Page 1 of 6 1 2 3 4 5 ... LastLast
Results 1 to 25 of 127
  1. #1
    mtbr member
    Reputation: Keski's Avatar
    Join Date
    Aug 2004
    Posts
    240

    My Surly Necromancer Experience Thread

    Well on Thursday I joined the fatty club. I picked up a Necromancer. I'm starting this thread to detail my ownership experience. I'll post pics and thoughts and rants and videos of my time with my big fatty.

    A few pics to get things started....








  2. #2
    mtbr member
    Reputation: ThreeD's Avatar
    Join Date
    Feb 2008
    Posts
    649
    Wow, that is some tough looking terrain you have there. Nice looking bike.

  3. #3
    mtbr member
    Reputation: Keski's Avatar
    Join Date
    Aug 2004
    Posts
    240
    The unveiling video......


  4. #4
    mtbr member
    Reputation: Yoreskillz's Avatar
    Join Date
    Feb 2011
    Posts
    239
    Congrats on your new ride!

  5. #5
    mtbr member
    Reputation: Nakedbabytoes's Avatar
    Join Date
    Jul 2012
    Posts
    858
    nice! I have one myself, you will totally love the snot out of it! Congrats!

  6. #6
    mtbr member
    Reputation: gcappy's Avatar
    Join Date
    Jul 2012
    Posts
    1,503
    Talk about a rock garden.

  7. #7
    mtbr member
    Reputation: Keski's Avatar
    Join Date
    Aug 2004
    Posts
    240
    Thanks guys,

    That is Mount Mckay in the picture. It's on the Fort William First Nation reserve. On the other side of that mount is the city i live in. It is right on the edge of town. Very lucky to have a place like that so close by.

    A few thoughs after 3 rides. The bike is very impressive. The ability to ride over rough terrain without need to find the smoothest line is great. The uphill climbing traction is awesome. I did have to change my riding style from what I'm used too.

    . I was doing some downhilling at Mount Mckay. It's a now defunct ski hill on the reserve. No chair lifts anymore. You have to push your bike up. Takes about 15 mins of walking/pushing to get to the first plateau. It's a anything goes, use at your own risk kinda place.

    The bike took some getting used to trying to get through tight, twisty, downhill terrain. I wanted to ride it like a lightweight hardtail. I got myself in trouble a couple times thinking a sudden flick would change direction. There was a slight delay...lol..before it changed direction. You could feel the tires flex and load up before they decided to change direction.

    Obviously the fat tires don't equal suspension. No damping. Equal opposite reaction kinda thing. Riding hard and fast through a downhill rocky section had the bike bouncing around scarily at times. Mind you, I would of probably ridden through it slower on my regular hardtail anways.

  8. #8
    mtbr member
    Reputation: Nakedbabytoes's Avatar
    Join Date
    Jul 2012
    Posts
    858
    Once you get your psi dialed in, you'll love the Cush and not get so much rebound bounce.
    I am a lightweight female who is short as well. I ride mine at darn near flat! Well, maybe 5psi or so. I dunno for sure, I sit on mine & let enough air out to let the sidewalls start to bow out a bit(but not so much that you see the sidewall threading lines wrinkle). That gives me full tread width with minimal bounce and great traction without feeling too flat and hard to peddle. I do run higher psi on pavement, otherwise she is a bear to peddle far & quickly.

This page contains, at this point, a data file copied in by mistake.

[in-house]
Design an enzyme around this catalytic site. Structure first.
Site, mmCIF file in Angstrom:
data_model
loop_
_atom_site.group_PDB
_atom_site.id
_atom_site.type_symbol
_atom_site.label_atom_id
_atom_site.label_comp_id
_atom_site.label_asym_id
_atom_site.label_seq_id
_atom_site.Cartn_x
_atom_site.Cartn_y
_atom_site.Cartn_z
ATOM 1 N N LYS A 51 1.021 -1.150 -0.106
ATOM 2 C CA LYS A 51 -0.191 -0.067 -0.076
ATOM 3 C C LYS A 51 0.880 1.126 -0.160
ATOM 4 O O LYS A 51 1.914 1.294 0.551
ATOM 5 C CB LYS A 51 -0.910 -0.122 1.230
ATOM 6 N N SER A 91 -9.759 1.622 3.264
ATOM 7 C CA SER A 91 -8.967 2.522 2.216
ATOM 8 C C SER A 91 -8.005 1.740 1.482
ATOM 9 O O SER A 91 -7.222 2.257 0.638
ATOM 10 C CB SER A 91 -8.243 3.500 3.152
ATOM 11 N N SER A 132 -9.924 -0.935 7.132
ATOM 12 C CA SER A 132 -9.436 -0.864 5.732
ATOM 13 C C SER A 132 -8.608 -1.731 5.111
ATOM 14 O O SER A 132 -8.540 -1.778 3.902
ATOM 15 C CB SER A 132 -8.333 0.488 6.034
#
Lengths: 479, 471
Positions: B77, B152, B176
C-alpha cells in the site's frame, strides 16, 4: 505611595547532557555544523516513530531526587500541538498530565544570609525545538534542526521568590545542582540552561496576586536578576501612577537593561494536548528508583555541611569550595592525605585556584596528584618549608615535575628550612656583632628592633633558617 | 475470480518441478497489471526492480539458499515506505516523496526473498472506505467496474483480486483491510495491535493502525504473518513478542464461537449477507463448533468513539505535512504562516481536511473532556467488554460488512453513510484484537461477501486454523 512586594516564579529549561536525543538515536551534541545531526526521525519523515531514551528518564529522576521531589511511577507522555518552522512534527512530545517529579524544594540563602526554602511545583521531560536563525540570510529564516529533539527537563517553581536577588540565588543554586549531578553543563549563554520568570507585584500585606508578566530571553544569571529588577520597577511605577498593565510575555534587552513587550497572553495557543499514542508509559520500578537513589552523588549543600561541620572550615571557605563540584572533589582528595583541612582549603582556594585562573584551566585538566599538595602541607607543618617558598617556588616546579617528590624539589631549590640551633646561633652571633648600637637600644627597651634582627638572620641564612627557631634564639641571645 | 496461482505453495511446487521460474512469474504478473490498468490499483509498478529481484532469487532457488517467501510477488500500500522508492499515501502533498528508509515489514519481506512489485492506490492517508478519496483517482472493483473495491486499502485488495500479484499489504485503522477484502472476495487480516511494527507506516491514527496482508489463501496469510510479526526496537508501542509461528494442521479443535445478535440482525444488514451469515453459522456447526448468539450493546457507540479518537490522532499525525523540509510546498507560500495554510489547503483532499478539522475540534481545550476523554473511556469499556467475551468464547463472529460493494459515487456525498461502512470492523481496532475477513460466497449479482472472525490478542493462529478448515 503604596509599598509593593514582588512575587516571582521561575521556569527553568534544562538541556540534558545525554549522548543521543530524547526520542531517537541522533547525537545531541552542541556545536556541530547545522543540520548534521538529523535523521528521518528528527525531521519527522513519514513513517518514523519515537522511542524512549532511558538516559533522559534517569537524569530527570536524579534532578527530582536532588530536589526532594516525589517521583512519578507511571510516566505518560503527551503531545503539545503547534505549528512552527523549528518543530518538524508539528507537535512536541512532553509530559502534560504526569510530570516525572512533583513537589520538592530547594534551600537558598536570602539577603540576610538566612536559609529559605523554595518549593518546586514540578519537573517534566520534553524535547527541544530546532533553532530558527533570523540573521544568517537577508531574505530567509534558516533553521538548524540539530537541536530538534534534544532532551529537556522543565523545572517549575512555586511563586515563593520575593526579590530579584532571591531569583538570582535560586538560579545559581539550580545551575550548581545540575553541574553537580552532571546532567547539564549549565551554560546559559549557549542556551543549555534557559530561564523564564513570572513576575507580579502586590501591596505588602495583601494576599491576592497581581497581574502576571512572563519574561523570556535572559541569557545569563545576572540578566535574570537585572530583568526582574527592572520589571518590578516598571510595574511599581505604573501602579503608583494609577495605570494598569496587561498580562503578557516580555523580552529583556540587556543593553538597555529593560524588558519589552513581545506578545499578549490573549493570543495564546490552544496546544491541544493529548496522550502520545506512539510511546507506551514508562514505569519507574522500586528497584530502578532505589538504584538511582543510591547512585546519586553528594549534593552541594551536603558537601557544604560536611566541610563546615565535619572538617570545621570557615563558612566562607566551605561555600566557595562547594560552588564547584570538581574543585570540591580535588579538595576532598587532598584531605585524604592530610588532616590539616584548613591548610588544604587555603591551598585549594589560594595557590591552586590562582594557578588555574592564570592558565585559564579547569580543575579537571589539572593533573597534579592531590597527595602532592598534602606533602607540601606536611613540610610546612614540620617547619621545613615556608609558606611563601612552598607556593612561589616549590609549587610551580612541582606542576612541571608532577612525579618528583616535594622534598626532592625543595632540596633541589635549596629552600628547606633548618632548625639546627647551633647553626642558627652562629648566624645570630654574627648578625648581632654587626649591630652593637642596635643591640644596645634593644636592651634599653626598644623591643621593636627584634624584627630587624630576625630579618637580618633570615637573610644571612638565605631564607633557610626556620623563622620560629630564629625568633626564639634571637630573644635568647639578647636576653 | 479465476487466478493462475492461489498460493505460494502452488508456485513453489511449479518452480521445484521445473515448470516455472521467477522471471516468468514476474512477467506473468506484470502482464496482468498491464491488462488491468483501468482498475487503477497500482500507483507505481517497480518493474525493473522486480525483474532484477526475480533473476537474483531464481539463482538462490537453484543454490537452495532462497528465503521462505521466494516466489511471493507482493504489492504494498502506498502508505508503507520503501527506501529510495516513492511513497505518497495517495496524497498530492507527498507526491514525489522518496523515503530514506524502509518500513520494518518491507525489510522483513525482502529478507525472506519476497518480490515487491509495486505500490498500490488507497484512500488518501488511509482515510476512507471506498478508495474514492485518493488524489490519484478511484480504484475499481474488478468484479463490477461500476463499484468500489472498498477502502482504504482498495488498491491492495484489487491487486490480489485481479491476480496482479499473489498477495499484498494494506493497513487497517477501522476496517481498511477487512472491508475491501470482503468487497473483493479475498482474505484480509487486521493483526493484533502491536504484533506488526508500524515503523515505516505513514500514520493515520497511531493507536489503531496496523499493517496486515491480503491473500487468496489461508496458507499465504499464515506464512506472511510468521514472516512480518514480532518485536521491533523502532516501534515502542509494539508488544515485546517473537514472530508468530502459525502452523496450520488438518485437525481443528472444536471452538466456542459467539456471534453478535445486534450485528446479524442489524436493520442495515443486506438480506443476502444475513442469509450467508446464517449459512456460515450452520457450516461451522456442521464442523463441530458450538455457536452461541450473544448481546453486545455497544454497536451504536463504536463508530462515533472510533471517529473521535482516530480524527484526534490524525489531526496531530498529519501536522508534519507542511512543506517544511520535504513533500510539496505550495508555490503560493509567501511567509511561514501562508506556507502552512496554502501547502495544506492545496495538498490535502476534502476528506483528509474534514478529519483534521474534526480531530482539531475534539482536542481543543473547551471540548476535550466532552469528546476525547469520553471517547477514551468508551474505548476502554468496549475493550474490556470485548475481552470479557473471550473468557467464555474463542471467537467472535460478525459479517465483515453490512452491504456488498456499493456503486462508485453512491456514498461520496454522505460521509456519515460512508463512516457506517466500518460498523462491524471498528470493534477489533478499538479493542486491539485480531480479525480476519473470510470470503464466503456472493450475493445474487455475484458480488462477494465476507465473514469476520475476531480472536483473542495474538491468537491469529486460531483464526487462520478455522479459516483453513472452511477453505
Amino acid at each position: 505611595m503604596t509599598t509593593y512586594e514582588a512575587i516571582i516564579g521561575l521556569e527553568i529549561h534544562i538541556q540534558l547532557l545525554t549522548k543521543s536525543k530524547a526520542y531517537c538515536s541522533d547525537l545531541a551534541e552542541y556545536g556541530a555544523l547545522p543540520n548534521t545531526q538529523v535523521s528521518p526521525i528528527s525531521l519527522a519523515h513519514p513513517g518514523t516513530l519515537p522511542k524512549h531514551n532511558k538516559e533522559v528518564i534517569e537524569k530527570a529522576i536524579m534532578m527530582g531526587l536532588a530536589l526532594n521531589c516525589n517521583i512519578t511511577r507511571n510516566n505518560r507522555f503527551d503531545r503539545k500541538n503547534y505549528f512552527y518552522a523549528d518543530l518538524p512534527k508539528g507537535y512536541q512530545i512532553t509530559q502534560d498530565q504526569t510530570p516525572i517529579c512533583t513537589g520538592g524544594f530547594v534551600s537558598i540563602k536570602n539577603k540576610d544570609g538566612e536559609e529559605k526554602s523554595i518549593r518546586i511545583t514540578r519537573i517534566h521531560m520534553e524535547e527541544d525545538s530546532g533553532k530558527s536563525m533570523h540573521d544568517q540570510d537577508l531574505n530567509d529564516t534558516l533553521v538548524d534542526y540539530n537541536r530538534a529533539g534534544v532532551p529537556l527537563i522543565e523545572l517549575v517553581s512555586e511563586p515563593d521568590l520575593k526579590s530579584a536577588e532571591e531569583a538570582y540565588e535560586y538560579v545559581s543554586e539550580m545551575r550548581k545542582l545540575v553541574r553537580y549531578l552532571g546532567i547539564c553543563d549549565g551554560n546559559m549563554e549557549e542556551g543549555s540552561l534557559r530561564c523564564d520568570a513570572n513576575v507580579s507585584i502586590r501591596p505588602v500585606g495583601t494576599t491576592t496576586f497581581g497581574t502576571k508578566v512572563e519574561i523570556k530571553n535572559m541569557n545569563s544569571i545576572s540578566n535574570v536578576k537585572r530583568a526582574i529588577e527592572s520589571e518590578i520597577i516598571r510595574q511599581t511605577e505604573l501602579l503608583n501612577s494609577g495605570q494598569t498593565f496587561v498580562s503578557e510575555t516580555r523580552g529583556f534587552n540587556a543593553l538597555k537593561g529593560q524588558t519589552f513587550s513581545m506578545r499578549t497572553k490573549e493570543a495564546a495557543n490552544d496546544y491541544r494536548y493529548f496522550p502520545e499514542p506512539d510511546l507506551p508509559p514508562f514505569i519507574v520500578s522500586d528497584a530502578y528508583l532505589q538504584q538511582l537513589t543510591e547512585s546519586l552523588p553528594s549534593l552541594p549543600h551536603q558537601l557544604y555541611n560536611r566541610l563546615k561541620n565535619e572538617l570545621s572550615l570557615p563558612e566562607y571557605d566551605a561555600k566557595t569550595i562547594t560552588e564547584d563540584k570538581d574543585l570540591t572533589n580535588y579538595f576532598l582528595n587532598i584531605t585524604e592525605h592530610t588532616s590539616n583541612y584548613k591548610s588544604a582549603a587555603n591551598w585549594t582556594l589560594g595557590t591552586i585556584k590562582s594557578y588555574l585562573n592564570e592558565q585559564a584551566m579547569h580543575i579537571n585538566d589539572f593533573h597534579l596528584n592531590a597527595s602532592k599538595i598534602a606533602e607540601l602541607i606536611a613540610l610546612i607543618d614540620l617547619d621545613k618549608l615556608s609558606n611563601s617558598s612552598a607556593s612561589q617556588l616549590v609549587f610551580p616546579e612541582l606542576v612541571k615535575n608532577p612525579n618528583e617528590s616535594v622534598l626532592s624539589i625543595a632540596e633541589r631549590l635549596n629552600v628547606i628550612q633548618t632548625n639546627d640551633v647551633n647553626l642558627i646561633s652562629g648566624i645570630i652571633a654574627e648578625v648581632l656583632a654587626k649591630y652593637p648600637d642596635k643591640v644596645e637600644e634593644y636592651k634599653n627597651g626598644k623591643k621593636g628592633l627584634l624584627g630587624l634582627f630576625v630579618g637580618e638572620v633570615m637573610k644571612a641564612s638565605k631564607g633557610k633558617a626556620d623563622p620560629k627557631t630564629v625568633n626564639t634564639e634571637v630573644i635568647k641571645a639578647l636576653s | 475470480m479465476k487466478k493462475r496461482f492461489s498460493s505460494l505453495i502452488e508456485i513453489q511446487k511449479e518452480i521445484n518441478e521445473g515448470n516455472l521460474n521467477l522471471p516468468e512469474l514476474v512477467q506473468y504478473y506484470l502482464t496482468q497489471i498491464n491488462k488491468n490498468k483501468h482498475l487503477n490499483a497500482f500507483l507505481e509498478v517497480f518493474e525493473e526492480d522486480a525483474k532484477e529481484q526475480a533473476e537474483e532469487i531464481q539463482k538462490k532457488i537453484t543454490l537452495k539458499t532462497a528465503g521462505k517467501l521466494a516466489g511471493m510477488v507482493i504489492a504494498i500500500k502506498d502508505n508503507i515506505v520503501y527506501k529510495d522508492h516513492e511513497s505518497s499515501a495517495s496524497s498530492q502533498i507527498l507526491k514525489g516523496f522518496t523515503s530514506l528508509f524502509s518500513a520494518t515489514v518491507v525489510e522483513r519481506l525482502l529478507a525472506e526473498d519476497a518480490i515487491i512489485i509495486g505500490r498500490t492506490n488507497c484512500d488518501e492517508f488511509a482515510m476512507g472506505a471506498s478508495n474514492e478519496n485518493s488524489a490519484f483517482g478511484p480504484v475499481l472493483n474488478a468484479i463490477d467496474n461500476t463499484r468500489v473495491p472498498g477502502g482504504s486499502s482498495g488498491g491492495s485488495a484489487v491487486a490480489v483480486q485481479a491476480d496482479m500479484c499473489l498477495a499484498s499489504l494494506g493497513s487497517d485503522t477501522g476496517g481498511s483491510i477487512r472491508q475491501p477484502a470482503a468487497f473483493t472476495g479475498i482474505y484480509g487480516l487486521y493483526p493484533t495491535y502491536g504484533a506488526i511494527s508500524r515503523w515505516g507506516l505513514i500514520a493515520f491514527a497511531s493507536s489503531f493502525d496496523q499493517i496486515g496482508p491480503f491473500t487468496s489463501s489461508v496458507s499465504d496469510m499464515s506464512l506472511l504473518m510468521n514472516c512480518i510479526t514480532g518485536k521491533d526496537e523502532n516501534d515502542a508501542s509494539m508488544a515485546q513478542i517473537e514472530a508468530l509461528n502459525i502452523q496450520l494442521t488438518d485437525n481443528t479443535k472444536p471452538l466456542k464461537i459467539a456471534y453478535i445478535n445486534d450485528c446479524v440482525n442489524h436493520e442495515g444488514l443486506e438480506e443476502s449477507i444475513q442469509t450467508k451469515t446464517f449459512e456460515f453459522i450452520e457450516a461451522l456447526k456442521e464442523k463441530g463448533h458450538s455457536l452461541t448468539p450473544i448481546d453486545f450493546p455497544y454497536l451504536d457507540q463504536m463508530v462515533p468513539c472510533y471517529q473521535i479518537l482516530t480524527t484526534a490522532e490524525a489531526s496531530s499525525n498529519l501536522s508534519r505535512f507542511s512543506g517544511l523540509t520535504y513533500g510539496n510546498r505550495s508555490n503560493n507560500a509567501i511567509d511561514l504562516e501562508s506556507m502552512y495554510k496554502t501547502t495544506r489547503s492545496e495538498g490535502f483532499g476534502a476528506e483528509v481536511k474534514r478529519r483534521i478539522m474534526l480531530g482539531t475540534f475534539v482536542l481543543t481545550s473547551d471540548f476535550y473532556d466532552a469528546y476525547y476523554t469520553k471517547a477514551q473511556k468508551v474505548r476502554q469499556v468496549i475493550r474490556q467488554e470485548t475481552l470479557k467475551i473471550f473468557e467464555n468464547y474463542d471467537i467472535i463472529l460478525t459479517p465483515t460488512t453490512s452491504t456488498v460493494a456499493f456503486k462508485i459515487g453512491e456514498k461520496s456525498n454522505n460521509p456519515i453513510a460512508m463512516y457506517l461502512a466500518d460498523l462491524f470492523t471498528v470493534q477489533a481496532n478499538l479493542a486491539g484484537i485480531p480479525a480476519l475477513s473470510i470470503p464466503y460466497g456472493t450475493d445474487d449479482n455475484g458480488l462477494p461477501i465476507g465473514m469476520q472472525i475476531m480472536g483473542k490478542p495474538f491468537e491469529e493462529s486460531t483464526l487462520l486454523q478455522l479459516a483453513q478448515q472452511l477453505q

9. #9
    Geordie biker
    Reputation: saltyman's Avatar
    Join Date
    Nov 2009
    Posts
    1,376
    Fantastic pics!
    2014 milage so far - 2,167
    www.ukfatbikes.co.uk

  10. #10
    Smash Mode: ON
    Reputation: Dustin Mustangs's Avatar
    Join Date
    Nov 2011
    Posts
    296
    I didn't realize they were putting nates on the back of those now. Lucky for you!
    Whatever floats your bike, dude

  11. #11
    mtbr member
    Reputation: Keski's Avatar
    Join Date
    Aug 2004
    Posts
    240
    Quote Originally Posted by Nakedbabytoes View Post
    Once you get your psi dialed in, you'll love the Cush and not get so much rebound bounce.
    I am a lightweight female who is short as well. I ride mine at darn near flat! Well, maybe 5psi or so. I dunno for sure, I sit on mine & let enough air out to let the sidewalls start to bow out a bit(but not so much that you see the sidewall threading lines wrinkle). That gives me full tread width with minimal bounce and great traction without feeling too flat and hard to peddle. I do run higher psi on pavement, otherwise she is a bear to peddle far & quickly.
    Yeah. As I've read on this forum. Small psi changes make a huge difference. To sound like a broken record. I will try them softer next ride. Just makes me slighty nervous as I don't have any spare tubes as of yet....lol

    Was at Mount Mckay the other day doing some riding. I thought the pressure was low but they bounced around a lot.



  12. #12
    mtbr member
    Reputation:
    Join Date
    Oct 2012
    Posts
    36
    I got a Necro Pugs two weeks ago and have had some time on it, pressure is really key to having a good time off road, I think I was running at about 10psi on my Nate/ Larry and it did alright while rolling well enough, for different conditions I'd pressure up or down depending and thus I keep a pump with me; but it is also important to get used to the turning -you may have sorta noticed it turns by how you lean the bike and your lower body much more than how you try to reign it in with the handle bars, and it can be dependent on what angle the terrain you are going over is at. This effect is much easier to get a feel for when you are on paved roads and turning down side streets at decent speeds. Get used to this while running at a comfortable pressure and you should be able to handle the bike great over most terrain.